It goes on and says early that summer, after the snowy plains thought and mail routes reopened. The saints learned that their strongly worded petition and reports of their treatment of former territorial officers had deeply alarmed and angered Pres. Buchanan and his advisors.

The president viewed the saints action as rebellious any appointed new man to the vacant offices in Utah Eastern newspapers and politicians meanwhile demanded that he use military action to oust Brigham as governor while the saints rumored rebelliousness and see that the new federal officials were seated and protected only ask Eric based on what you just read how do you think that's going to settle with the locals in Utah at this time. They really do want to get away from anything having any control from from government officials and so they really wanted. As you mentioned earlier in the show the theocracy that would come through Brigham Young and they would be able to do things the way that they thought were best. It should be said, though, in my opinion for what I've read on the subject. I am not doubting at all, that some of the complaints of these officials who left Utah to go back and complain about Brigham Young and the Mormons were probably exaggerated in some areas are not doubting that. Certainly when you feel offended you have a tendency to embellish the story to make your opponent look worse than they really are, but I wouldn't be surprised if it was the same when it came to Brigham Young describing the federal government so you probably got hyperbole going both ways. And that's going to cause problems. Now it says on page 247 that Buchanan saw as his duty to establish federal authority in Utah at the time the United States was experiencing significant tensions over the matter of slavery. And that's true. Buchanan is got enough on his plate without having to worry about a bunch of guys over and the territory. Out west he's got a Civil War that's brewing on his hands here and certainly in the next election. Buchanan is going to lose and the twin relics of barbarism is going to come into effect. That is slavery and polygamy. So you can see that there's a lot of tension that's growing but then on page 248, there's this telling paragraph about a month after Brigham heard the rumors of Buchanan's intentions. He learned that apostle Parley Pratt had been murdered, his murderer Hector McLean was a strange husband of Eleanor McLean one of Parley's plural wives. Eleanor had joined the church in California. After years of suffering from Hector's abuse and alcoholism.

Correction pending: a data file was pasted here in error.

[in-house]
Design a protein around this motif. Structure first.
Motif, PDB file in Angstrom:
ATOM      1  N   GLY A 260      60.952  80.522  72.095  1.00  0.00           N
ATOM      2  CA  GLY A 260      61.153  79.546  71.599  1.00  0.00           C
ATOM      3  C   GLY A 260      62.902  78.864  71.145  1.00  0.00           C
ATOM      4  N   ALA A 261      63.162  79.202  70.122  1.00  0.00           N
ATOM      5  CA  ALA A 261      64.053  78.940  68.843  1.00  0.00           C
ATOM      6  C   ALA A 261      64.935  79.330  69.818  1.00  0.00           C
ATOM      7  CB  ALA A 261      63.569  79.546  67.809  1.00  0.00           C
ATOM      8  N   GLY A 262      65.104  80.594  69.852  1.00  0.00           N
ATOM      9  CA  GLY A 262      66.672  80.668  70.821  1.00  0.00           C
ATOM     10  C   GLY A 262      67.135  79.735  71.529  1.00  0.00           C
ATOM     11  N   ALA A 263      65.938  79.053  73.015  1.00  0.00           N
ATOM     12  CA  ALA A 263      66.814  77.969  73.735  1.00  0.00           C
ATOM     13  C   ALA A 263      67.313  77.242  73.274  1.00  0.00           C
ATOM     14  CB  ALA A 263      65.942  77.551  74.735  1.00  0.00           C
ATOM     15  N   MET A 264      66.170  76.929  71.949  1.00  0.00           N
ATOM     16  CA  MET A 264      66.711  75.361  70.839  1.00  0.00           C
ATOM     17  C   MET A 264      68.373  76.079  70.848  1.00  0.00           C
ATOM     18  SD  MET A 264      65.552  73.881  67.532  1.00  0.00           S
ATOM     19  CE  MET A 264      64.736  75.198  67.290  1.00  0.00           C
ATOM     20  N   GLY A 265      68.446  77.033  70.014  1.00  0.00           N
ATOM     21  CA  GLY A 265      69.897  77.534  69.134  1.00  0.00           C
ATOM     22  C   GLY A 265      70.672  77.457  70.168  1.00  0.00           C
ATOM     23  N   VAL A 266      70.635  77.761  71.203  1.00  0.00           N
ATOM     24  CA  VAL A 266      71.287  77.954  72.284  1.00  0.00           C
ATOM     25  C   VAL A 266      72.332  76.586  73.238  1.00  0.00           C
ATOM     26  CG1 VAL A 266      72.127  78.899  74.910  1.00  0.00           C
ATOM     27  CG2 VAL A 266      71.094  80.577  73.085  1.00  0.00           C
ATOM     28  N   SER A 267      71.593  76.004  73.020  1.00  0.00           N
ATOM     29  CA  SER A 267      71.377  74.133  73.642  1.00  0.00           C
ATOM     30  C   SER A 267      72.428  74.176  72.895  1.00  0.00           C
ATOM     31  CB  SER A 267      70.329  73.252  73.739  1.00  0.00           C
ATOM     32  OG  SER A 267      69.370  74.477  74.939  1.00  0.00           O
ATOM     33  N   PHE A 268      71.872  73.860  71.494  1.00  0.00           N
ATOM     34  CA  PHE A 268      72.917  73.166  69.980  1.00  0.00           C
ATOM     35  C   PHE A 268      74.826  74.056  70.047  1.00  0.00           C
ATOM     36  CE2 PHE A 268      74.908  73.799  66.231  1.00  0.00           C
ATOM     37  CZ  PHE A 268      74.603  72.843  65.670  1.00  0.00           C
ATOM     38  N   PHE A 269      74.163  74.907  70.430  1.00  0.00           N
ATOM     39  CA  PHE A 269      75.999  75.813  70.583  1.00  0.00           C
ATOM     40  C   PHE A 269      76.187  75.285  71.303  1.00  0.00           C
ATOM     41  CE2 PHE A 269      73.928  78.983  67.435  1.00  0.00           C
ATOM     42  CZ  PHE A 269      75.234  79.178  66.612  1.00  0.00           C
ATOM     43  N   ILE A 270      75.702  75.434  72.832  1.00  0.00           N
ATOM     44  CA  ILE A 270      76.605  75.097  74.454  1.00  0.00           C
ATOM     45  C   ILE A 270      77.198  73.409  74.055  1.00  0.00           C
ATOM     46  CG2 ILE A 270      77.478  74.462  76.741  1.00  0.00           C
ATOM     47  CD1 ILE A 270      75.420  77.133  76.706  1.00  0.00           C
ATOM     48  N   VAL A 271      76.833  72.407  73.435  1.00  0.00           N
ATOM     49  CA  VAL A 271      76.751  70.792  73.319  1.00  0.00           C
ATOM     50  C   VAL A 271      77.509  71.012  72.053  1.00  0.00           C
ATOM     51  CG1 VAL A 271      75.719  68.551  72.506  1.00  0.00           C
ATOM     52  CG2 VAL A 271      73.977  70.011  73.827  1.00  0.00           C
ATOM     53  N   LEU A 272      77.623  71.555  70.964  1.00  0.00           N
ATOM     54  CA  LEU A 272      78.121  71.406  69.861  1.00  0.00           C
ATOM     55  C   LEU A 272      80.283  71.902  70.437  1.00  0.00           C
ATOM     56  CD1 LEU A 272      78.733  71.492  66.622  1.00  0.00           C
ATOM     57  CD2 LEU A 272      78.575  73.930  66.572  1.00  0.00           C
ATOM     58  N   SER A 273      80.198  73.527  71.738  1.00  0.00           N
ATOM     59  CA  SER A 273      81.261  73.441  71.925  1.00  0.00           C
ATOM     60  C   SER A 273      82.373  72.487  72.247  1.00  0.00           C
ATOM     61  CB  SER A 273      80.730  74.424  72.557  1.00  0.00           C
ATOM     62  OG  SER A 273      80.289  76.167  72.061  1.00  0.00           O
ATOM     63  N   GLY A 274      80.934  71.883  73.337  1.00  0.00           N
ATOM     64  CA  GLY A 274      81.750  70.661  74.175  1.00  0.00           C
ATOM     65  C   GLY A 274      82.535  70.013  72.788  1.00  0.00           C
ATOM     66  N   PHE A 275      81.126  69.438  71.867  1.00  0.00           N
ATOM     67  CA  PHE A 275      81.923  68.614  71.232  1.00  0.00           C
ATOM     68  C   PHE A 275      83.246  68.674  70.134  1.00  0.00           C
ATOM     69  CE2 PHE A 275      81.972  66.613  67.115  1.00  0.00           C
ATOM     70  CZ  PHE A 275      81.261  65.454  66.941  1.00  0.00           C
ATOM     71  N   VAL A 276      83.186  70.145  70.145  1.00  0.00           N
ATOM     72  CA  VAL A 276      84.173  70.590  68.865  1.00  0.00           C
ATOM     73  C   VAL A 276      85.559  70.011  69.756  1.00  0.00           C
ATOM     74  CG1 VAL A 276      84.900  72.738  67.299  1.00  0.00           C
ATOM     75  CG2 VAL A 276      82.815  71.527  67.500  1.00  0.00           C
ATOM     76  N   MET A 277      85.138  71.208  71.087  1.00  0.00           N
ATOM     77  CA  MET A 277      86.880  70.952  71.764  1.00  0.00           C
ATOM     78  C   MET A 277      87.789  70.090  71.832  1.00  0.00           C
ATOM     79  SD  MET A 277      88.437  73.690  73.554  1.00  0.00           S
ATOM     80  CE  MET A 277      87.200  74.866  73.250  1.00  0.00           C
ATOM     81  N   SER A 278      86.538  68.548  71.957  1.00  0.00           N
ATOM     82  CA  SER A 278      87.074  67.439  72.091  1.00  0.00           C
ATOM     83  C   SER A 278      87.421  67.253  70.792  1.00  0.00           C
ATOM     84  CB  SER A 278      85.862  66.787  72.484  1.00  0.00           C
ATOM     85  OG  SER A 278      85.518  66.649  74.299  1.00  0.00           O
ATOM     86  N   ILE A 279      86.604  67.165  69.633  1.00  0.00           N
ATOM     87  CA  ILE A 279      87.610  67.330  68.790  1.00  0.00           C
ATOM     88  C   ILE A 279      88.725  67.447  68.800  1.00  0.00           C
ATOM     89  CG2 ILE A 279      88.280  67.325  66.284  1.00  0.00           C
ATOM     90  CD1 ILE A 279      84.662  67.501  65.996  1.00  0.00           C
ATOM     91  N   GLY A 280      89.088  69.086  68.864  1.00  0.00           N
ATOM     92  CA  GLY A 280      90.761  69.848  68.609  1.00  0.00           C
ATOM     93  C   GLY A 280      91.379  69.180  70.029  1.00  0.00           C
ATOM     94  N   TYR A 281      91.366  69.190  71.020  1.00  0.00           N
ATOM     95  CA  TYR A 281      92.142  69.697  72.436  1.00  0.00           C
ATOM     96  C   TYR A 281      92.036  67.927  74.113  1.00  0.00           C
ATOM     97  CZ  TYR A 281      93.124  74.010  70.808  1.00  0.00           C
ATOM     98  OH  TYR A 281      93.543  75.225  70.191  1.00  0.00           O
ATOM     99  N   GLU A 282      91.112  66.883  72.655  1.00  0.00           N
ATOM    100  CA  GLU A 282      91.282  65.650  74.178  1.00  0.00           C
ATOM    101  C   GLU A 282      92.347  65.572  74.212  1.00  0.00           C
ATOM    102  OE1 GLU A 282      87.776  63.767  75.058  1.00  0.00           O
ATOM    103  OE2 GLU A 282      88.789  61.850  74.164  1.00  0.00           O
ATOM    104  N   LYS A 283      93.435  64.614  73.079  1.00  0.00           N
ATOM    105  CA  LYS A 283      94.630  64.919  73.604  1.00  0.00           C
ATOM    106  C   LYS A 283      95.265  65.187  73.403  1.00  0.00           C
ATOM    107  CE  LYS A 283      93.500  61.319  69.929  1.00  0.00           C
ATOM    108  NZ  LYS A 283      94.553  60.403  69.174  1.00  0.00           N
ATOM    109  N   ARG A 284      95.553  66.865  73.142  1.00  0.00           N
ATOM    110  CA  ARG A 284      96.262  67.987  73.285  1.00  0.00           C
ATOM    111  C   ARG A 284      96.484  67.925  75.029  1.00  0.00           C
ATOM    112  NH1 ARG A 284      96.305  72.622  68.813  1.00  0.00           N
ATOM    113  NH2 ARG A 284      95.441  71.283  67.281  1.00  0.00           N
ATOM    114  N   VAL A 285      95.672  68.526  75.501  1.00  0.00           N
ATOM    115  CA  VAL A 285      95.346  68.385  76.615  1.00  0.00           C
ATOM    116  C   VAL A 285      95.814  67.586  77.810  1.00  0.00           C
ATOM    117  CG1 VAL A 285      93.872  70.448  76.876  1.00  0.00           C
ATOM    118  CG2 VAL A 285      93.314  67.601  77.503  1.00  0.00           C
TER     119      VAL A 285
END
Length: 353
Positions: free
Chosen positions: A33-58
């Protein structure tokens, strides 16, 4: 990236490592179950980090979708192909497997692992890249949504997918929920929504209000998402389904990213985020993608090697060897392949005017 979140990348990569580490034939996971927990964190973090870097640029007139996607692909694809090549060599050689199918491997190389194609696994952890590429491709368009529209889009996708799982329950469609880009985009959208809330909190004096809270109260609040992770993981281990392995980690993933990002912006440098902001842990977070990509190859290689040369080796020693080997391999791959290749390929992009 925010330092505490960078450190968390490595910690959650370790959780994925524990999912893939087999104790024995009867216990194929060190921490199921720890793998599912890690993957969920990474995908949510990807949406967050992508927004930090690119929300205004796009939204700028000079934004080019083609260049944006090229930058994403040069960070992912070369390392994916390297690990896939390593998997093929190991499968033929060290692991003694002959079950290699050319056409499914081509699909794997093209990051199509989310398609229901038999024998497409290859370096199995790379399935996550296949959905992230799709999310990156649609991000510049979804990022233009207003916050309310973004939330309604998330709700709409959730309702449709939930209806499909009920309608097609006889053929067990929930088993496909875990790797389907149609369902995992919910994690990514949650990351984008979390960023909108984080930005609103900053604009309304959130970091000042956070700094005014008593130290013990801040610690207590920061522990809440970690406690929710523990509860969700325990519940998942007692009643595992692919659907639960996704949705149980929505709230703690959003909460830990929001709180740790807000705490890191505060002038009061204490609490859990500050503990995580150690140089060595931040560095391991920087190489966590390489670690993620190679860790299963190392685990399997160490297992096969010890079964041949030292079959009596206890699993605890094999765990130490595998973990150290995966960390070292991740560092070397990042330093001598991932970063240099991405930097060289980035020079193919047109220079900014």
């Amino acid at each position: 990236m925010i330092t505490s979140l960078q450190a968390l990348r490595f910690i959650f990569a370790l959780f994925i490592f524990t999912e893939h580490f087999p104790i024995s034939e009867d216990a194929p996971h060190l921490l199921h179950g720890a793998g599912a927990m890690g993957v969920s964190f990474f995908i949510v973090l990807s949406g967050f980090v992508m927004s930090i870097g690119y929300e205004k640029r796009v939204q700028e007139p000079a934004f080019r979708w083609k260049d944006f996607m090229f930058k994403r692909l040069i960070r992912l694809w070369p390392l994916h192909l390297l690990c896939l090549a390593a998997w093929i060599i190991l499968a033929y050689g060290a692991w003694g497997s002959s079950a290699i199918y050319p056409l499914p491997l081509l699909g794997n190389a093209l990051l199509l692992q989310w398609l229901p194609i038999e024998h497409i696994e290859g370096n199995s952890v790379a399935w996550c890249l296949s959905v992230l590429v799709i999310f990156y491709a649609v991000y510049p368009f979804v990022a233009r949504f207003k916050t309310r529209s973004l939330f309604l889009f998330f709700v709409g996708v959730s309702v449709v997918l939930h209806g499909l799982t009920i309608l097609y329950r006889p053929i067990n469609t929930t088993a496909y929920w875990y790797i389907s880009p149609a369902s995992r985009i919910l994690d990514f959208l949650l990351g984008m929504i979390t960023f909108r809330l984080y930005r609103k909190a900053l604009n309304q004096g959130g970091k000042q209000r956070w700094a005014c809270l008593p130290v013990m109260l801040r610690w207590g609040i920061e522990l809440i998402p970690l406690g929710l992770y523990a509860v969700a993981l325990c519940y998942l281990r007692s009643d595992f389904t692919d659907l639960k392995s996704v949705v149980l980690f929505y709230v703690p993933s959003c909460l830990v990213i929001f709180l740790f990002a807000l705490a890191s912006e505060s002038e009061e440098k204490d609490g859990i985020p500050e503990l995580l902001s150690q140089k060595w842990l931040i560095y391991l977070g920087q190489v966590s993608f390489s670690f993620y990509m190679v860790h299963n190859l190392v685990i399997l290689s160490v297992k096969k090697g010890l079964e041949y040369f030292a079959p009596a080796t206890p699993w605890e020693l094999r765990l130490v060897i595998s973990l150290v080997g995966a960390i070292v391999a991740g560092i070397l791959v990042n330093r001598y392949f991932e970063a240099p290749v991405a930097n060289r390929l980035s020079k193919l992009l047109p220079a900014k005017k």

Hector had blamed Parley. When Eleanor left him and he sent their children to live with relatives in the southern United States. Eleanor attempted to reunite with her children and Parley followed soon after to assist her in May 1857. However, Hector hunted Parley down and brutally killed him. And that's true, but what you don't really learn from all this are all the details behind this Hector McLean understandably was upset with what Parley Pratt had done regarding his wife. He ends up marrying his wife Eleanor as a plural wife not blow it says it here that his murderer Hector McLean was the estranged husband of Eleanor McLean one of Parley's plural wives. You have to really read that sentence carefully to understand what's going on is not divorced from Eleanor.

She is not divorced from Hector.

She is still the lawful wife of Hector McLean, but yet Parley Pratt Mormon apostle marries her as one of his plural wives you can understand why Hector might be upset about this. Now I'm not trying to defend Hector at all. It sounds like from what I've read about the guy. He was a jerk. He was an alcoholic and abuser. No doubt, but still you have laws that you have to attend to in our constitutional Republic and maybe Parley is just trying to help her and the children out but do you have to marry the woman and and take her as a plural wife to be able to help her. Well, that's what I've been told when visiting the Brigham Young home. The beehive house in downtown Salt Lake City. I that's that very question because I was told that the reason why Brigham Young practice plural marriage was he needed to take care of wives who had lost their husbands during the persecution. And I think you raise a good question, yes, to marry them in order to cure these women. That sounds a bit extreme, but the next sentence. I think we need to address it says that Parley's murder shocked Brigham and the saints, though I have no doubt it, probably shocked many Latter Day Saints. I tend to say that I don't think it really shocked Brigham Young. In fact, there seems to be some evidence to show that Brigham probably wasn't surprised at all. There was a book written by a historian by the name of John Turner and in this book he relates some information regarding Parley Pratt's behavior. What did Turner say this is about call Brigham Young Pioneer profit and this is page 272 71.

In late May Eleanor's husband Hector contract Pratt from St. Louis to Arkansas pulled him into a thicket of trees stabbed him three times and shot him in the neck.

Although young acknowledge Pratt as a new martyr alongside Joseph and Hiram Smith.

His response was somewhat muted.

He and Pratt had clashed repeatedly during the early years of Young's leadership of the church. Though Pratt had since proven his loyalty and shown a sacrificial willingness to undertake missions.

Young later suggested that Pratt had deserved his fate, alluding to Pratt having taken additional plural wives without authorization. In the mid-1840s, Young explained that quote brother Parley's blood was spilt glad of it before it paid the debt he owed for he hoard" for he hoard and it sounds like Brigham Young was not at all surprised. So when the book saints says on page 248 that Parley's murder shocked Brigham. I don't think the facts actually support that statement. Thank you for listening.

If you would like more information, guarding his research ministry. We encourage you to visit our website www.mrm.org you can request a free newsletter Mormonism research. We hope you join us again as we look at another viewpoint is